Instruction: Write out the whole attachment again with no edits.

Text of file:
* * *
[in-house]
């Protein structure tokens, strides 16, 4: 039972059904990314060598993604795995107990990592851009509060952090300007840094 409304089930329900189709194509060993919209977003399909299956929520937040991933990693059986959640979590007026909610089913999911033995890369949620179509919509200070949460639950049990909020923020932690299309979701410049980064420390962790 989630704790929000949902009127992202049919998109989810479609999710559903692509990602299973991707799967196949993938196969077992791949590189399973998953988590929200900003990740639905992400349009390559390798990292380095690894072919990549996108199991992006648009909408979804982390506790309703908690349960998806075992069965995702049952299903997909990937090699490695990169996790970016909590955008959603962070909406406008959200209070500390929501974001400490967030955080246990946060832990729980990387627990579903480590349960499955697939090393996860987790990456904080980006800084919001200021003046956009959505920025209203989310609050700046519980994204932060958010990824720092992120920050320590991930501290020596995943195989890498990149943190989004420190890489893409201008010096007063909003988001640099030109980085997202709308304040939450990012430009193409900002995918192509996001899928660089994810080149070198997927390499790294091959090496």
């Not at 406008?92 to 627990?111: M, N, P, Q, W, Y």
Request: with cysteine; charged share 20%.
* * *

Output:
[in-house]
């Protein structure tokens, strides 16, 4: 039972059904990314060598993604795995107990990592851009509060952090300007840094 409304089930329900189709194509060993919209977003399909299956929520937040991933990693059986959640979590007026909610089913999911033995890369949620179509919509200070949460639950049990909020923020932690299309979701410049980064420390962790 989630704790929000949902009127992202049919998109989810479609999710559903692509990602299973991707799967196949993938196969077992791949590189399973998953988590929200900003990740639905992400349009390559390798990292380095690894072919990549996108199991992006648009909408979804982390506790309703908690349960998806075992069965995702049952299903997909990937090699490695990169996790970016909590955008959603962070909406406008959200209070500390929501974001400490967030955080246990946060832990729980990387627990579903480590349960499955697939090393996860987790990456904080980006800084919001200021003046956009959505920025209203989310609050700046519980994204932060958010990824720092992120920050320590991930501290020596995943195989890498990149943190989004420190890489893409201008010096007063909003988001640099030109980085997202709308304040939450990012430009193409900002995918192509996001899928660089994810080149070198997927390499790294091959090496």
């Not at 406008?92 to 627990?111: M, N, P, Q, W, Y």
Request: with cysteine; charged share 20%.